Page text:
Wild Hearts Can’t be broken


Hollywood. A town a of glamour, movie starts and money. But honestly I have not been very impressed with Hollywood lately. I haven’t seen many movies or TV shows that are worth my time or many kind of praise.

But then I see things like Ashton Kutcher’s speech to Congress about his organization that has help over 6,000 victims of human and sex trafficking. And I see Pink’s video “Wild Hearts Can’t be Broken” with links to Unicef and women who are victims all over the world. And I have a friend who is a movie producer of Christian films like “God’s Not Dead” and specifically a movie about human sex trafficking called “Caged No More.”

They have such a huge platform and are truly using their influence to make changes and help those who need it most. And truth is that human trafficking can happen anywhere, On any street, in any town. It can happen in any house. Atlanta is one of the biggest cities for human and sex trafficking in the world. And there have been many news stories about human trafficking rings being busted, news cameras surrounding houses where the victims were being held and forced to work. Many times those houses are in very affluent neighbors, in multi-million dollar homes. Surprised? Most are. It that insidious, that it can be so close, yet undetected.

Maybe this topic hits so close to home because my parents took foster children. We were a therapeutic foster home, which meant that we got those who had often been abused the worst and were the most damaged. So I have seen what severe sexual abuse does to children. I know what it means when they are “conditioned” or “trained.” I have had them in my home as a child, played with them, eaten with them, even held them and tried to reassure them when they woke up scared and screaming.

Who are these men who shop around and take advantage of women and girls who have been trafficked? I used to wonder that too, and to a large part I still do. And what part of them is so broken and sick, that they would take advantage and exploit others? But they may not be who you think.

They are men like my ex. My ex was well educated, professional, came from a “good” catholic family…looked great on paper. But he shopped on Craig’s list for prostitutes, went to strip clubs to find “dates” and knew that many of the girls in the ads were under age, but did not care. Even if all the girls happened to be of age (which is doubtful), he was still contributing to an industry that perpetuates human sex trafficking…He took pictures and videos of them naked and sent them around to his friends. He volunteered as a career coach, and often worked with desperate unemployed women, so he would be in a position of power. And even now, at age 50, still brags about having 18 and 19 year-old teenagers that come to his house…But you would never know any of this to look at him. Or if you met him at work. Or at a social function. Or even on a dating site.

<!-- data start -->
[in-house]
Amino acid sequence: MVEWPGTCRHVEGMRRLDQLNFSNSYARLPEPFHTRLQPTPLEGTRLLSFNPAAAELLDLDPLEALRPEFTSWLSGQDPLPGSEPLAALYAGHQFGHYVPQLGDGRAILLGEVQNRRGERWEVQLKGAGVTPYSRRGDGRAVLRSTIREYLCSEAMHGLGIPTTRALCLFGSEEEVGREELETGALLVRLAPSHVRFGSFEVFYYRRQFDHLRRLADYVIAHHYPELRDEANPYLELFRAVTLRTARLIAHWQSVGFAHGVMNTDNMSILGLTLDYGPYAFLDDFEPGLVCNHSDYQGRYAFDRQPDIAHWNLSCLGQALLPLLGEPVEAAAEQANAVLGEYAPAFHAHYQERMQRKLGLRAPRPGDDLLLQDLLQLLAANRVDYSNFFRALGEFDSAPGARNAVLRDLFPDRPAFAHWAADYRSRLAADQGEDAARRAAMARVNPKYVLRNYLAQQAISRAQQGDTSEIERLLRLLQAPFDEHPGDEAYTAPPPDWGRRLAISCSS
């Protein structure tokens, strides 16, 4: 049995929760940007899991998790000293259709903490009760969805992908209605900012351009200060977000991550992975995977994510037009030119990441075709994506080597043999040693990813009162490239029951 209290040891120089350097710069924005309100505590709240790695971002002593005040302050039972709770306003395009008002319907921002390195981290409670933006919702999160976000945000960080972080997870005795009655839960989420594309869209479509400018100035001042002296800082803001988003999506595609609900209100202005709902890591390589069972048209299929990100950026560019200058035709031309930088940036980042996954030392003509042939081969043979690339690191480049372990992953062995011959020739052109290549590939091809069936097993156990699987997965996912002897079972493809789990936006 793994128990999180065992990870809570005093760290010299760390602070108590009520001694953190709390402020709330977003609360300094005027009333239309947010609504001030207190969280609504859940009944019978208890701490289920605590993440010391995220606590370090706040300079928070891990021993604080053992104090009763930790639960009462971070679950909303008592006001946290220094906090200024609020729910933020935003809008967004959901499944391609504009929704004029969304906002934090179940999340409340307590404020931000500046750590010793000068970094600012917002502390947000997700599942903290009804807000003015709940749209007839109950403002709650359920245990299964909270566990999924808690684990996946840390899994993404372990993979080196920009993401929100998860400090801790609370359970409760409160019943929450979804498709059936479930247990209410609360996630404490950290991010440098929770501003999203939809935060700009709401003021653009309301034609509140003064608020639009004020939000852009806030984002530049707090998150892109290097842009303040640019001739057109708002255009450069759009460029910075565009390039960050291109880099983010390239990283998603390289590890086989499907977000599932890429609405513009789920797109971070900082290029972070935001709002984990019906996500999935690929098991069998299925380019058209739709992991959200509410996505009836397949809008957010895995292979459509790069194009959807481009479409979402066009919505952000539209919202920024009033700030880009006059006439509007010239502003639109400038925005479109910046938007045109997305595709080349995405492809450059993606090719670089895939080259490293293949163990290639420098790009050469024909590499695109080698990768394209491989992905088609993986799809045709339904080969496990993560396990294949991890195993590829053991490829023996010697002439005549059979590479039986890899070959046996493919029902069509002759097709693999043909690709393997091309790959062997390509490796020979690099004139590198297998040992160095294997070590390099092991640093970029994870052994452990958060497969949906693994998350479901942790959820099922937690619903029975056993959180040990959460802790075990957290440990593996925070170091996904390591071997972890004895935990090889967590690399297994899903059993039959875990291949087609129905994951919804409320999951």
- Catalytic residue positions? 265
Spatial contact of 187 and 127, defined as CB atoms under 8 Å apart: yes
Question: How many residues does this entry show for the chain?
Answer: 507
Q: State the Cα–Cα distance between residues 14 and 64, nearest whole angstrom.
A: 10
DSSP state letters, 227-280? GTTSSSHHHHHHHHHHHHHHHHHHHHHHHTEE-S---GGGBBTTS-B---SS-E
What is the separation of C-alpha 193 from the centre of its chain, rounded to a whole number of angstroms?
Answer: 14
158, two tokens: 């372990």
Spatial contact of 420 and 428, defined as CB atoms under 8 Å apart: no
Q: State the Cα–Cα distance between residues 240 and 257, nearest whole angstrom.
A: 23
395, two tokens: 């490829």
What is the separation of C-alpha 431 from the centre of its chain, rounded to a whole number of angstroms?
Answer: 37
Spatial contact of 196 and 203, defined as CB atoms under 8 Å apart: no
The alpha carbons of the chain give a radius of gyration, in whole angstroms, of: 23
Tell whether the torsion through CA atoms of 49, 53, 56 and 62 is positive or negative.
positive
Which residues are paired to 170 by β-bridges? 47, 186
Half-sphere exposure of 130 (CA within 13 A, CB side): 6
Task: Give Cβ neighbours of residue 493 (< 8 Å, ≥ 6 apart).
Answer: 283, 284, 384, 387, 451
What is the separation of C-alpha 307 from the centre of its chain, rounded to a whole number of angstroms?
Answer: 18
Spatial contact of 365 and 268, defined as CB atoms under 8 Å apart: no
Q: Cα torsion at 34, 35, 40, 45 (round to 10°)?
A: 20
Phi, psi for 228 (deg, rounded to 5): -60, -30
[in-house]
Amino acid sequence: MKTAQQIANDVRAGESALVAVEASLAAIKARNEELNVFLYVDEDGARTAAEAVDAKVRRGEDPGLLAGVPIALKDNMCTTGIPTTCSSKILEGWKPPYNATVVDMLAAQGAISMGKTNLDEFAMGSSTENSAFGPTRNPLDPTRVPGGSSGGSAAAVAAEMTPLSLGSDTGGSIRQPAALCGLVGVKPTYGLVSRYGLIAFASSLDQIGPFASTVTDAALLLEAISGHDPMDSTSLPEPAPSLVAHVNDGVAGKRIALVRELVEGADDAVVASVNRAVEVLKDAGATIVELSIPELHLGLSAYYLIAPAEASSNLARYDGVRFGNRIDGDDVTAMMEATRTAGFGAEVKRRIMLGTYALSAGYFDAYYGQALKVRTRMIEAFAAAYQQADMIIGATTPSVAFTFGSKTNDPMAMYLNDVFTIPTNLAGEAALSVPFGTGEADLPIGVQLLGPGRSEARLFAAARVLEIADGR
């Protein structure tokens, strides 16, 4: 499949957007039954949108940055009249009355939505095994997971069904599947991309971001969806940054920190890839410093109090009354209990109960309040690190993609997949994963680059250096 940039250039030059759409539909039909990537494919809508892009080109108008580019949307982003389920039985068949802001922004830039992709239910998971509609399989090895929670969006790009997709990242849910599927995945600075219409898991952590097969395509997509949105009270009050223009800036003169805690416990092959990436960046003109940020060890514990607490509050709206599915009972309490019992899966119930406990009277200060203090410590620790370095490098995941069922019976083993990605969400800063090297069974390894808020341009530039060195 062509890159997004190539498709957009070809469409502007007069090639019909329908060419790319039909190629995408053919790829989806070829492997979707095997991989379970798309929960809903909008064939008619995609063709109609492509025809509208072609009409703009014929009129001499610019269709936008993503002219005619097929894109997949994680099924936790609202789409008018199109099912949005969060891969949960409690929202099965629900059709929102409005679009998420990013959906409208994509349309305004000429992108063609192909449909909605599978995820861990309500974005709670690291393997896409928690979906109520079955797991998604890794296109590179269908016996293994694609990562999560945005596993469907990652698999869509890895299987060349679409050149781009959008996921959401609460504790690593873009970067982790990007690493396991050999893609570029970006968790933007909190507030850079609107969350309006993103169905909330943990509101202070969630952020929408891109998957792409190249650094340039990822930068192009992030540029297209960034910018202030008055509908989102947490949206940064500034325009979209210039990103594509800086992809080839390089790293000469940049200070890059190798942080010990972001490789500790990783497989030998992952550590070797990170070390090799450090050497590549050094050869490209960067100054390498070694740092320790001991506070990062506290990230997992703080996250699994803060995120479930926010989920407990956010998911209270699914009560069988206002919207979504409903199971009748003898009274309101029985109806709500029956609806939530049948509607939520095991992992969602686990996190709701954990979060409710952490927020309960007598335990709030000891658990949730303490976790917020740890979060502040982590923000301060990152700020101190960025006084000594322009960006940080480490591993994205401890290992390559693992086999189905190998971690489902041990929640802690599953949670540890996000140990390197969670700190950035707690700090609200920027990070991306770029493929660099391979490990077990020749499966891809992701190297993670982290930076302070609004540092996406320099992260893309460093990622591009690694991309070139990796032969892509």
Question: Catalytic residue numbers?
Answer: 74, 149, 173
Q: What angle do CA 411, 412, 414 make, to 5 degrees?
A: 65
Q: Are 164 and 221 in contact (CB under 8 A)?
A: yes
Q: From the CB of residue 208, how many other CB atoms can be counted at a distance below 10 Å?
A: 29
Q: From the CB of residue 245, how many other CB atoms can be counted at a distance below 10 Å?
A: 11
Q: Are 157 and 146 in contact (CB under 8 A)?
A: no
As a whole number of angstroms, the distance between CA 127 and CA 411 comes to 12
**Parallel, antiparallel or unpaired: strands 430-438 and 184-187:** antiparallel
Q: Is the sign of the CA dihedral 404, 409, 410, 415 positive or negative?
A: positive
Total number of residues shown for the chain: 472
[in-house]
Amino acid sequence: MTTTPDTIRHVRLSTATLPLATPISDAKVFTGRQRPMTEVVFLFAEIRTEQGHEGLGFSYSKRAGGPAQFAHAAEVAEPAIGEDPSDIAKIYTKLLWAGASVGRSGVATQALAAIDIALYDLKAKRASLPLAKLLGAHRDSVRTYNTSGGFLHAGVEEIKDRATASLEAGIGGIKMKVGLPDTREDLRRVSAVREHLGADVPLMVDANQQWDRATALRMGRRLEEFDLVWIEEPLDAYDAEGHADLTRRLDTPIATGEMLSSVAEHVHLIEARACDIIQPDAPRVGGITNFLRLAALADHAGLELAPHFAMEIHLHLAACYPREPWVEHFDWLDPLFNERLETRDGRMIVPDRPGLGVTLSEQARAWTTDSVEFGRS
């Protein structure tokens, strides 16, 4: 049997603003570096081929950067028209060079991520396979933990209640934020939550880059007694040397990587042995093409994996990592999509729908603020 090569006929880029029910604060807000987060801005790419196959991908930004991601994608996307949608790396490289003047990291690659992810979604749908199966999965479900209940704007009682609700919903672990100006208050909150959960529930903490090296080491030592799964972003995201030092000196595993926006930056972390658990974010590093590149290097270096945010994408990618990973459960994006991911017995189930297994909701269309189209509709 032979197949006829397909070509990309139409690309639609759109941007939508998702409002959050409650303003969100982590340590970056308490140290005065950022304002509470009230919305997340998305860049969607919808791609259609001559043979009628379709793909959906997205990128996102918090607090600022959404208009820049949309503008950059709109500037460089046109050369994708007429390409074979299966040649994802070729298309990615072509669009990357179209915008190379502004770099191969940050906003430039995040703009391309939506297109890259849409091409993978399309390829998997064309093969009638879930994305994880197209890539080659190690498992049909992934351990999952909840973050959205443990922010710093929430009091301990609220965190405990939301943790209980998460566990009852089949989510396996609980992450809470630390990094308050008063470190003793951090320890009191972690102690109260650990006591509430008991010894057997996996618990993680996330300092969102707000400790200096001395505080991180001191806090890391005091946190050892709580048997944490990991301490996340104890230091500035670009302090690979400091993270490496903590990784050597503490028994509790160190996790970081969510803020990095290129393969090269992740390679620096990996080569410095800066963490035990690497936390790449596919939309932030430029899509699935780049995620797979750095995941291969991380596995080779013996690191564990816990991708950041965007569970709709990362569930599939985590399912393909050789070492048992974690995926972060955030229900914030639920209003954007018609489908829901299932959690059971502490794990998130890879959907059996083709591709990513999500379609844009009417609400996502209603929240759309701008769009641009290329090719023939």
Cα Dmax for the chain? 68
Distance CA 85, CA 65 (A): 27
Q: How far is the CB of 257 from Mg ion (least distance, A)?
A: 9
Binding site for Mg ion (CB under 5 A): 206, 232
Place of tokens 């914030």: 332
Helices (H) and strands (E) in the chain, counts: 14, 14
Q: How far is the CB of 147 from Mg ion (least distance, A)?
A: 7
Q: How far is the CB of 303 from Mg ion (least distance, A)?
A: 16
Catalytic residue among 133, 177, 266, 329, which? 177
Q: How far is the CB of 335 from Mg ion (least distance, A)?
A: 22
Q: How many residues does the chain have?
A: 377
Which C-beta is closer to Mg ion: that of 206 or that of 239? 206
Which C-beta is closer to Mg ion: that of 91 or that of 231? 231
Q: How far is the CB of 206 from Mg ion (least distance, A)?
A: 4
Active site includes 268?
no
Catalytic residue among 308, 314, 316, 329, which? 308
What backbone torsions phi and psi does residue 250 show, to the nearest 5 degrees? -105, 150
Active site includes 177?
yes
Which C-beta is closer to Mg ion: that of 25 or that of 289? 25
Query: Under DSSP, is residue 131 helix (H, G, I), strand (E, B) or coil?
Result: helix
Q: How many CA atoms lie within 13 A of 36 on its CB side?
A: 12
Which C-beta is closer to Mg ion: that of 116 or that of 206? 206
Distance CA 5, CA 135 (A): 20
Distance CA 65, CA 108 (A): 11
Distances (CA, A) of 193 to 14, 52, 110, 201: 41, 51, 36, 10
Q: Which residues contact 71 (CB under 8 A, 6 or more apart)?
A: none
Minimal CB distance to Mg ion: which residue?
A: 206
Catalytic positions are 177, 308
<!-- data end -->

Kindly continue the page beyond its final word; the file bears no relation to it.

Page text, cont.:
I mention this because it shows how bad and widespread the problem is. It is not just creepy men in back alleys with slicked back hair that look like they could sell you a horrible used car. It could be anyone. In any city, in any industry, in any socioeconomic level and any education level. They can seem charming or harmless but these men often lead double lives. The reason why human trafficking is such a problem, is because there is such a huge demand for it. And it is not just in other countries. My ex lived with me. This man was in my house. It hits close to home, because he was in my home.

Several years ago Dateline had a series called “How to Catch a Predator” that shocked the nation. How many men were out there looking to hook up with under age kids? How many men did they catch? Many. And still not enough. They were doctors, lawyers, nurses, teachers, mechanics, father’s, business men, firemen, some unemployed..some married, some single, some younger, some older And show after show, these sexual predators would take the bait.

Now, those clients have simply moved to another supplier. But it’s not just girls below 18 that are being trafficked, there are women of every age. Because human traffickers have figured out that sex sells and the age doesn’t really matter. Out of the 6,000 victims of human sex trafficking that Ashton’s company has saved, only 2,000 of those were minors. That means 4,000 of the victims were prostitutes above the age of 18. Children get the biggest spotlight (and they should) but it is a problem that does not end once a girl turns 18.

I think that it’s wonderful that celebrities are bringing attention to, creating dialog and helping victims of human trafficking. It is truly a worthy cause. For an industry that is known for being superficial, it is good to see so many rolling up their sleeves. It is good to see this topic get so much attention, because even one victim is too many.

Ashton Kutcher’s speech is below and his organization is called Thorn: https://www.wearethorn.org/

This is a local agency that helps victims: https://www.unodc.org/blueheart/index.html

And this is the movie that my friend produced about human trafficking: http://www.cagednomoremovie.com/

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